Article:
Saturday, January 23, 2010
About Writing a Backup Article
Saturday, January 23
I am a proud member of NOLA STARs (North Louisiana StoryTellers and Authors of Romance). We meet the second Saturday of the month except in March and December at the Bossier Central Library History Center, 2206 Beckett Street, Bossier City, LA. In December, we have a Christmas party. In March we have a conference.
Each year for the last five or six years, those attending the conference (Visit here for information on Written in the Stars 2010) are invited to submit copies of what is called a tip sheet. On one side, one can put tips or ideas that could help others writers. The person submitting the idea chooses the subject of his/her tips or ideas. On the backside, one can advertise his/her latest set of books that have come out. Or tell those who get the booklet who you are and what you are working on.
This is a great opportunity to get one’s name out and get free publicity. The tip sheets are gathered and made into a booklet. At the conference, all attendees get a copy of this booklet. As for my tip sheet, I usually write an article of some type. The thing is that I have less than a month to write the piece.
Yesterday, I began collecting ideas about the article I wanted to write. I already selected a subject for my article: Data Backups. This will be a rehashing of an older article which I used several years ago. With new technologies and services, I felt that now was the time for an updated article on the subject.
Several events had help spur me on with this project. A couple of days ago, someone sent an email to one of the email loops I belong to mentioning that they lost a good chunk of their work that day. The computer began acting up and the keyboard and mouse locked up. Then someone else suggested something about turning on the auto-save feature in the word processor. Both emails gave me one idea that I can use for my article.
Thoughts about those online backup services came to mind as well. It is hard not to remember them when their advertisement pops up on television every time I turn the boob tube on.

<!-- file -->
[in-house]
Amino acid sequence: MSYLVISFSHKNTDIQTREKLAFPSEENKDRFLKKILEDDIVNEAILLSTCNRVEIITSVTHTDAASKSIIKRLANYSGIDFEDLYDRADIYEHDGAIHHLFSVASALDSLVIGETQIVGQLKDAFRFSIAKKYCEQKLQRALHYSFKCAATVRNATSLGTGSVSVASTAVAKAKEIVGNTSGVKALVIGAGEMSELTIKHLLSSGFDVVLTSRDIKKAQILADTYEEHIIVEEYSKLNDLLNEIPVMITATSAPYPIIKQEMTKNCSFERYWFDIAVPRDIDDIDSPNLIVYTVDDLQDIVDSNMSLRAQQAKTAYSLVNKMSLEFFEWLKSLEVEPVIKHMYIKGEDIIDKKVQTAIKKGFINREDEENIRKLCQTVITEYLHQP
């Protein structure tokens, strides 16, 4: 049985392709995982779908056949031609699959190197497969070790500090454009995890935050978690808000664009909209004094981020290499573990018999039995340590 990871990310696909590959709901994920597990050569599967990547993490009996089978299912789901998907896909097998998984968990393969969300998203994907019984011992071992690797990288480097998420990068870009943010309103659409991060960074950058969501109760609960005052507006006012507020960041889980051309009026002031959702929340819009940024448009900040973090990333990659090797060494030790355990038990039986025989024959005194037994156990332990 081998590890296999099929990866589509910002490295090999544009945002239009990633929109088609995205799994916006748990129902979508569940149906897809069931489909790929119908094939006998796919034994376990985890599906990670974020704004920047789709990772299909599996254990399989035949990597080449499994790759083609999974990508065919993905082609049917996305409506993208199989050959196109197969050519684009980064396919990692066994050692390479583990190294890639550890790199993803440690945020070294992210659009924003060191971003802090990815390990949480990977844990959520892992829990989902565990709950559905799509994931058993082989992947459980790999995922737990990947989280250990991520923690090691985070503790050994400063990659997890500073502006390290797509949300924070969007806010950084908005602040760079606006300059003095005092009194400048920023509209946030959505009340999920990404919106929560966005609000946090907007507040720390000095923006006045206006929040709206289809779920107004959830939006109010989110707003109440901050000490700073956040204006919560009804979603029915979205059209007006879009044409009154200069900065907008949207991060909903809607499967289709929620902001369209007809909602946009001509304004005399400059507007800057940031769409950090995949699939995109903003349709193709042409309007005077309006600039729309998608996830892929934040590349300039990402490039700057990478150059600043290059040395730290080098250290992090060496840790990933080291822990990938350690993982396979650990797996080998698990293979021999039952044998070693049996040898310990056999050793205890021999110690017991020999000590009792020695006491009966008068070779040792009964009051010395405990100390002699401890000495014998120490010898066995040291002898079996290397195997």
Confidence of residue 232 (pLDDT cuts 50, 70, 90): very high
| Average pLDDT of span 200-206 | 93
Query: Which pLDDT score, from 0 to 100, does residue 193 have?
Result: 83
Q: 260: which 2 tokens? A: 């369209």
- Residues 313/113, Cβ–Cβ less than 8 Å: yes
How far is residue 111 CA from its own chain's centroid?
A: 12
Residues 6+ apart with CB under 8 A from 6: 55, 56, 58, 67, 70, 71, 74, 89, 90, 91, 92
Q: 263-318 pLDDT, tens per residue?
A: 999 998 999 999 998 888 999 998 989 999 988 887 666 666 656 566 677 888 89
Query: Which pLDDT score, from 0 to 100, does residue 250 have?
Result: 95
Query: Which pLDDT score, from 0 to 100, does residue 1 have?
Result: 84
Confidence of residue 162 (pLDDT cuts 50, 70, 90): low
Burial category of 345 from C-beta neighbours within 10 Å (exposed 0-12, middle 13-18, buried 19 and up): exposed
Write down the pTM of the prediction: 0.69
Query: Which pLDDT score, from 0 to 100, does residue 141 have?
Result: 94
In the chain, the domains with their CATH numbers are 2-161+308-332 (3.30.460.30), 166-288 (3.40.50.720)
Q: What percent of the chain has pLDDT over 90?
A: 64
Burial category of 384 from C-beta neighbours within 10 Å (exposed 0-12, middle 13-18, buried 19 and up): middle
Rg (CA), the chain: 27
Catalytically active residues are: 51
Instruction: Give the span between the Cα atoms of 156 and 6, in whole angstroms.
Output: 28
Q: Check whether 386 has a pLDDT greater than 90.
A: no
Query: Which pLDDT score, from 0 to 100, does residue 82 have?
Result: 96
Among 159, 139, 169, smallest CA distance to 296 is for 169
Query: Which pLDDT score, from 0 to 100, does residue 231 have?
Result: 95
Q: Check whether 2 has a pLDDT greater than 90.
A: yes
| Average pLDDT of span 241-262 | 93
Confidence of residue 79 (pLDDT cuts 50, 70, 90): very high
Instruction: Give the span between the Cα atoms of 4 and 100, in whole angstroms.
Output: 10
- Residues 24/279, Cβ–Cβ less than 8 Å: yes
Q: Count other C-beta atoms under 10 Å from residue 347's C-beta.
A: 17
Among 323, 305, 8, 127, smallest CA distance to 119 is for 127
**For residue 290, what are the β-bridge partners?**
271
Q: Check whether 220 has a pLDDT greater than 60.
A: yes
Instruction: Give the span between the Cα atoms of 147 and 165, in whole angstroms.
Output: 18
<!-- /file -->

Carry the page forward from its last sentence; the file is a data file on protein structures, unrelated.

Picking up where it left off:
In all, I wrote down a half dozen ideas some of which I have not covered before. I began to wonder if I needed to cover anything else.
This is when disaster hit. For some reason, I needed to leave my computer for about 30 minutes. When I do this, I usually put it into sleep mode. For some reason, I wanted to minimize the word processing screen. But I kept hitting the ‘X’ in the corner for closing instead of the ‘-‘ for minimizing. The first too times I did this I hit “cancel” to stop the process. Yet, I hit the ‘X’ a third time and thought to myself, “No, I do not want to close this program.” So, instead of hitting ‘cancel’ one more time, I hit ‘no.’
As I retyped all of the ideas that I could remember, I added one more to it. This idea is very important to carry out as well. Yet, I tend to forget it from time to time.
“If one needs to get up from his/her computer for any reason, make sure one saves all documents before leaving the computer.”
In this day and age of being able to open multiple documents, one needs to make sure they save them all. Also, a good idea may be that one should save the file before leaving it to work on another. Most word processors allow the use of “Ctrl S” to save the document.
So, don’t get caught leaving your work unattended and unsaved. One might find that the cat laying across your keyboard has rewritten part of it and accidentally erased other parts. (Then again, one can’t be sure that it was an accident. They are crafty critters. The other day, I found my browser opened to a site that sells catnip. That’ll be a subject for a different post.)